# Bounding the p-norms on l_p sequence subspaces!

1. Aug 21, 2009

### ELESSAR TELKONT

1. The problem statement, all variables and given/known data

Let $$1\leq r<\infty$$ and $$x\in\ell_{r}=\left\{ x \text{ is a sequence with } \sum_{n=1}^{\infty}\left\vert x_{n}\right\vert^{r} \text{ converges.}\right\}$$, then

$$\left\vert\left\vert x\right\vert\right\vert_{\infty}=\lim_{r\rightarrow\infty}\left\vert\left\vert x\right\vert\right\vert_{r}$$

2. Relevant equations

3. The attempt at a solution

I have already proven that for $$1\leq s\leq r\leq\infty$$ I can bound below by $$\left\vert\left\vert x\right\vert\right\vert_{\infty}\leq \left\vert\left\vert x\right\vert\right\vert_{r}$$. The other part wher I'm stuck is to bound above the r-norm. I haven't found something to do it. Obviously, the case for $$\mathbb{R}^{n}$$ (the finite case if you considere the sequences case as "infinituples") is solved because you have something to do a bounding almost immediatly since

$$\sum_{i=1}^{n}\left\vert x_{n}\right\vert^{r}=\left\vert\left\vert x\right\vert\right\vert_{r}^{r}\leq\sum_{i=1}^{n}\left\vert x_{m}\right\vert^{r}=n\left\vert x_{m}\right\vert^{r}=n\left\vert\left\vert x\right\vert\right\vert_{\infty}^{r}$$

Obviously in sequences case $$n$$ makes not sense, and approximation like i have done above is not possible because a series of a constant sequence don't converge.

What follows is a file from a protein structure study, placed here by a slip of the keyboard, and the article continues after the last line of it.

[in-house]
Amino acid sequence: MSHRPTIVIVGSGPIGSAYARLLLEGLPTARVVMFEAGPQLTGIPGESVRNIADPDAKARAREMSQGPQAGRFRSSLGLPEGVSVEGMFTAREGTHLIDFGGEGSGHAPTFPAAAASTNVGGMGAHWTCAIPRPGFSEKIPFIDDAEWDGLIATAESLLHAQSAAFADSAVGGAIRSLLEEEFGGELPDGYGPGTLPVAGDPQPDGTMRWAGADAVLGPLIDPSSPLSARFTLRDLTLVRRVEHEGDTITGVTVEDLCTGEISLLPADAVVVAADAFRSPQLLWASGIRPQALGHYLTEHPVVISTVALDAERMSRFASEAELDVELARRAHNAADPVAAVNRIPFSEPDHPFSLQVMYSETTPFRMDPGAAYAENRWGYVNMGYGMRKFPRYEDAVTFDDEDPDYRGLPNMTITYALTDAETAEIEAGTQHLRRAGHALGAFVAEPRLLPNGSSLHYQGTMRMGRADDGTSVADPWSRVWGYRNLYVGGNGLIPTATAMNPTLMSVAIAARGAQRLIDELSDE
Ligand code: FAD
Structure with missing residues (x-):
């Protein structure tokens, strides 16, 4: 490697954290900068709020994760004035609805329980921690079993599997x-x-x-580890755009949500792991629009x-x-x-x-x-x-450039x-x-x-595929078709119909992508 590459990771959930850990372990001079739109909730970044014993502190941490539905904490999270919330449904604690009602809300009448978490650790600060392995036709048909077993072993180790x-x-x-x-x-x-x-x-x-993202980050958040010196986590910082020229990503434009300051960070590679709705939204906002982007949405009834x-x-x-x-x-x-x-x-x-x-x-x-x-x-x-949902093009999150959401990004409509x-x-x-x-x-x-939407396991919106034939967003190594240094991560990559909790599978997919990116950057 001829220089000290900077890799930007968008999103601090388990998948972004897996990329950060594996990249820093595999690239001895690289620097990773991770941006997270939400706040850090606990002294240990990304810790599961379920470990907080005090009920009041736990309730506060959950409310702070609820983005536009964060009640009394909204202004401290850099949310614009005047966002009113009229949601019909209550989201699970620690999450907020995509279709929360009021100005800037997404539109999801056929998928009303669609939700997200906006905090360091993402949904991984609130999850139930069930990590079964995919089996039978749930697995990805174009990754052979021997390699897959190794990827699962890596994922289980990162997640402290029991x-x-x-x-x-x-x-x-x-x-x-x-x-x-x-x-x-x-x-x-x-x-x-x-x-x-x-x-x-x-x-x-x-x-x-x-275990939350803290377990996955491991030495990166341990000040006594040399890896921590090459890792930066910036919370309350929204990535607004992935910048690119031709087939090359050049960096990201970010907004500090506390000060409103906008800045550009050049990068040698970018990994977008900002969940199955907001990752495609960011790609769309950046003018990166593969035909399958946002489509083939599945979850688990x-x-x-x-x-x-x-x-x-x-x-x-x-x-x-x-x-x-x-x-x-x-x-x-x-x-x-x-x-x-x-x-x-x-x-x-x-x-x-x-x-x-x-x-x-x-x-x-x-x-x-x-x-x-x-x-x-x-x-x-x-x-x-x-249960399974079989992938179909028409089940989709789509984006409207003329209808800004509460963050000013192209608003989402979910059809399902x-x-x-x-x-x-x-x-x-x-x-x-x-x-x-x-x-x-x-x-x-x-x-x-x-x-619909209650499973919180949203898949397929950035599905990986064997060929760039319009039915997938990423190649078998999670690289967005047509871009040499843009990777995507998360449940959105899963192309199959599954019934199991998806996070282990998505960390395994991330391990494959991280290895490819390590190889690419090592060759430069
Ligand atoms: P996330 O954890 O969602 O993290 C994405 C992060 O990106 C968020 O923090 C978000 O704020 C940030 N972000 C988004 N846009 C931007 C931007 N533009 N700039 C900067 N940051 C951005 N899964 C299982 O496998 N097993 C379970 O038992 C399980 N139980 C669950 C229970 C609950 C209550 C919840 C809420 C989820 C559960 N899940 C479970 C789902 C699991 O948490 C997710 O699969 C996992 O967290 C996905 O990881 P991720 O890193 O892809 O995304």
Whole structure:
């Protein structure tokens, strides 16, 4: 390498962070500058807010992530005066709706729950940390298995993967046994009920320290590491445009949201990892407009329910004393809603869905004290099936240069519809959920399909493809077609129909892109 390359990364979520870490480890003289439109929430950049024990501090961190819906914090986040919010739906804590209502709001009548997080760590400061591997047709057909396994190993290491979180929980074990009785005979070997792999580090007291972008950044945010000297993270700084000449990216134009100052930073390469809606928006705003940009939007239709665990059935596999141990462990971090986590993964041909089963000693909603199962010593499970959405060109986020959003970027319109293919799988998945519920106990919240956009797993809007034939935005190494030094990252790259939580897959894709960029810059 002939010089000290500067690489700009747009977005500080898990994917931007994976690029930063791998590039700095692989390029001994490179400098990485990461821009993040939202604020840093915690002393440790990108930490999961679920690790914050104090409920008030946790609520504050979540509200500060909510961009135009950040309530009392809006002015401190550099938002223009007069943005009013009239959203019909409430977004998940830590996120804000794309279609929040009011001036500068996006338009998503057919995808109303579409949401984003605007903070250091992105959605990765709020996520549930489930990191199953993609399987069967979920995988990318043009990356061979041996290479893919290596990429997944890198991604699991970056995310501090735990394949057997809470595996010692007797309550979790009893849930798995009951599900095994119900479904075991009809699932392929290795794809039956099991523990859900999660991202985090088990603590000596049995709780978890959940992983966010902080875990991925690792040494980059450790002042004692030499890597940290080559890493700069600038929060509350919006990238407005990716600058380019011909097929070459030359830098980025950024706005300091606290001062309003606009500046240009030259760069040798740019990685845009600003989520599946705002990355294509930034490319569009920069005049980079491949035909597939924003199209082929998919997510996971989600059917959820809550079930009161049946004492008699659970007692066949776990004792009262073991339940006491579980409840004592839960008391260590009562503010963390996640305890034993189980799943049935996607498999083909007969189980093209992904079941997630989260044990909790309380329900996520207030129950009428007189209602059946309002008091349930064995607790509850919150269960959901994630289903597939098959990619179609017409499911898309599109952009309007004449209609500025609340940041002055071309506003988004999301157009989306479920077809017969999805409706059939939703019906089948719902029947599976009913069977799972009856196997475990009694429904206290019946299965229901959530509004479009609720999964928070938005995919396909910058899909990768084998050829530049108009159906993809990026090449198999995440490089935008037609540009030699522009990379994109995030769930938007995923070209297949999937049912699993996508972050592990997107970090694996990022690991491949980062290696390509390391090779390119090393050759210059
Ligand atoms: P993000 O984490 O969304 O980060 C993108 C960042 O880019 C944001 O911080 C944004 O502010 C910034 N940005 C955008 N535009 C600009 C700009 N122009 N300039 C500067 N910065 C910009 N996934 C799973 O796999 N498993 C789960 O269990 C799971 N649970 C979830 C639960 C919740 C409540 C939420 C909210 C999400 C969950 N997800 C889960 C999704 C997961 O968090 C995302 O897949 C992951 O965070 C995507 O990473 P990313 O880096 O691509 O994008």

Proving what I can't prove the result of the problem follows immediatly because of the "Sandwich theorem" since if I have some quantity bounded above and below like this

$$\left\vert\left\vert x\right\vert\right\vert_{\infty}\leq\left\vert\left\vert x\right\vert\right\vert_{r}\leq c^{\frac{1}{r}}\left\vert\left\vert x\right\vert\right\vert_{\infty}$$ with $$c>0$$ and $$c\in\mathbb{R}$$

and if I take the limit when $$r\rightarrow\infty$$ then

$$\left\vert\left\vert x\right\vert\right\vert_{\infty}\leq\lim_{r\rightarrow\infty}\left\vert\left\vert x\right\vert\right\vert_{r}\leq \left\vert\left\vert x\right\vert\right\vert_{\infty}$$

Then I would like you to say some ideas to do bounding above.

2. Aug 22, 2009

### Dick

Since the sum of |x_i|^r converges, there is an N such that |x_i|^r<1/2 for all i>=N. That means |x_i|^(k*r)<(1/2)^(k-1)*|x_i|^r, right? So if A is the sum |x_i|^r for i from N to infinity, the sum of |x_i|^(k*r)<(1/2)^(k-1)*A. Now let k->infinity. I.e. the sum of the infinite tail of the sequence |x_i|^r vanishes as r->infinity. So ignore it. Now it's just like proving the finite case.